How gaming’s big gamble is paying off

If you’re a gamer, then you’re no doubt accustomed to the way the lines that separate the world of videogames from other entertainment industries frequently blur.

This blurring allows franchises to straddle various forms of media comfortably. Indeed, it’s now becoming increasingly commonplace for a franchise’s canon to be spread in this way, using everything from games to films, through comics to books, to tell different parts of a greater tale.

However, there are also other, less publicised, areas where gaming’s influence is frequently felt, such as gambling. And as gambling moves increasingly online, so this partnership is evolving.

A long relationship

The worlds of gambling and gaming are by no means strangers to each other. Videogame titles based on casino gambling (be that fruit machines, poker, or a mixture of other popular casino games) have been around for years. And in some cases – such as in open-world games with their own money-based virtual markets – gambling mini-games are often featured as a means of boosting your in-game funds.

Likewise, these two industries have happily coexisted in the arcade sector for well over three decades. And while the videogame coin-op market may be a mere shadow of its former self, were you to pop down your local arcade, you’d still find a few gaming cabinets nestling between the fruit machines.

But as both gambling and gaming move increasingly online, so a new chapter in their partnership is being written.

From Modern Warfare to Street Fighter

The latest trend is for popular videogame franchises to be used as themes for online video slots games, with many of the top online casino software companies having signed up some of the biggest videogame names around.

Microgaming, for instance, has produced games based on Square-Enix’s Hitman and Tomb Raider franchises; while Cryptologic, another major player, offers online slots with themes from games as diverse as Bejewelled, Call of Duty, and Street Fighter II and IV.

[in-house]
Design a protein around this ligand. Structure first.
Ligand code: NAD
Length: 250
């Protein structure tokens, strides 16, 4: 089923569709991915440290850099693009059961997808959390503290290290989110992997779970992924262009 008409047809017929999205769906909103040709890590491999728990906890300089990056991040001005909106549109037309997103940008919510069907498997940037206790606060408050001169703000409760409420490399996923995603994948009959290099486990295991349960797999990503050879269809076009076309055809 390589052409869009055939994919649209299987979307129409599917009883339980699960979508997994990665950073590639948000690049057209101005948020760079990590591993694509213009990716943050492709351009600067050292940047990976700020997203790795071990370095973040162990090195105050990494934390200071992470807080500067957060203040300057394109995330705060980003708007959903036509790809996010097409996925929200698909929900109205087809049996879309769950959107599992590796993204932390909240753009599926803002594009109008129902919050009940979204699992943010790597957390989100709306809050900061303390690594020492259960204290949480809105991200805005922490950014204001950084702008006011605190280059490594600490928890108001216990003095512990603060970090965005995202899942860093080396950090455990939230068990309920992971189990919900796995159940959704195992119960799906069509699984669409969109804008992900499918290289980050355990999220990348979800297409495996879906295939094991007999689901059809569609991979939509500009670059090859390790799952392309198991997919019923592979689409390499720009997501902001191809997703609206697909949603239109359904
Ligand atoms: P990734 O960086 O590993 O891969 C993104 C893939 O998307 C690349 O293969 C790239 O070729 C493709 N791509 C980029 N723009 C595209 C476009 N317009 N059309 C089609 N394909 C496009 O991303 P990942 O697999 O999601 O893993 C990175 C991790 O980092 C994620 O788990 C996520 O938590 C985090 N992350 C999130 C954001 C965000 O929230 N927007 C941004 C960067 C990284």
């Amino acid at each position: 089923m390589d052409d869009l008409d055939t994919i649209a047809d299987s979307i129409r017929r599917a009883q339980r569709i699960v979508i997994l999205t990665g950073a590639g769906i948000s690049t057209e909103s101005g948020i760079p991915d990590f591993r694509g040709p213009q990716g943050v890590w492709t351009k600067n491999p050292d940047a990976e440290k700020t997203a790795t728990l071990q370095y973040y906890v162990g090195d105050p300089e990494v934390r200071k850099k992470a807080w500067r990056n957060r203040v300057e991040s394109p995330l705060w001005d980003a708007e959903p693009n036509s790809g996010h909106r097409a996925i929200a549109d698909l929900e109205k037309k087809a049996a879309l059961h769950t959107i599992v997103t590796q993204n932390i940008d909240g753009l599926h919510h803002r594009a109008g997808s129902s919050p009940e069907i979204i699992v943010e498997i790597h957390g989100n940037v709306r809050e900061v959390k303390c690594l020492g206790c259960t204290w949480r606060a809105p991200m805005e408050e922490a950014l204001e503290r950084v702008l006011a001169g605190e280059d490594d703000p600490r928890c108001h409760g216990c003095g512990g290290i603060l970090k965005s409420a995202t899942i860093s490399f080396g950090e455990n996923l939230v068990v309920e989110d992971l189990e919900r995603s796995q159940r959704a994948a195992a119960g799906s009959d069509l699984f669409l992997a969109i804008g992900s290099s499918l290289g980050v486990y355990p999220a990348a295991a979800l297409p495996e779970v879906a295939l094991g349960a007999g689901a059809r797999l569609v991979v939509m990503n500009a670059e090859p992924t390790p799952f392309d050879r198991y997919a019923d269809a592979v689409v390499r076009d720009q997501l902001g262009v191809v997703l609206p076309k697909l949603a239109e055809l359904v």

That videogame franchises would be an appealing subject matter for gambling industry shouldn’t come as a surprise. From a marketing perspective alone, many of the top game franchises are among the biggest in the entertainment industry has to offer. As a result, a Call of Duty-branded slots game will always stand out more than a run-of-the-mill one.

For the videogame publishers, this makes sound sense too. Licensing opens up additional revenue streams (a useful practice in these troubled economic times), while also raising brand awareness for these products in other markets – especially now online gambling is expanding into the lucrative mobile sector as well.

But although licensing is fine, it seems there is a limit to how far videogame publishers can venture into the gambling market.

Going quietly into the NiGHTS

A prime example of this is SEGA. In January 2010, the company announced its intentions to enter the online casino market with SEGACasino.com and SEGAPoker.com. Yet it was to all end in failure a little over nine months later.

For a videogame publisher, SEGA was better position than most to expand into online gambling. Alongside a solid array of franchises, its parent company, Sega Sammy Holdings, is one of the largest producers of pachinko gambling machines. And with Playtech (whose customers include Williamhillcasino.com) providing the software, things should have gone swimmingly for SEGA.

Unfortunately, they didn’t. With customers berating everything from a lack of payment options to poor customer service, it’s clear that SEGA had underestimated the task in hand. Nevertheless, large-scale customer apathy was a major issue as well – preventing SEGA’s venture from competing with those of the industry’s big players.

Let the good times roll…

Be that as it may, it seems that the relationship between these two industries is healthy in its current state. And while videogame companies may not shout about their dealings with the gambling industry too much (presumably for fear of harming their family-friendly images), as long as the licensing money continues to roll, it’s hard to see it stopping any time soon.

This article was guest written by Mark Podd, writer for Best Online Casino.Com
Mark is a former professional games journalist who now reports on online gambling. Mark’s Google+ profile can be found Here.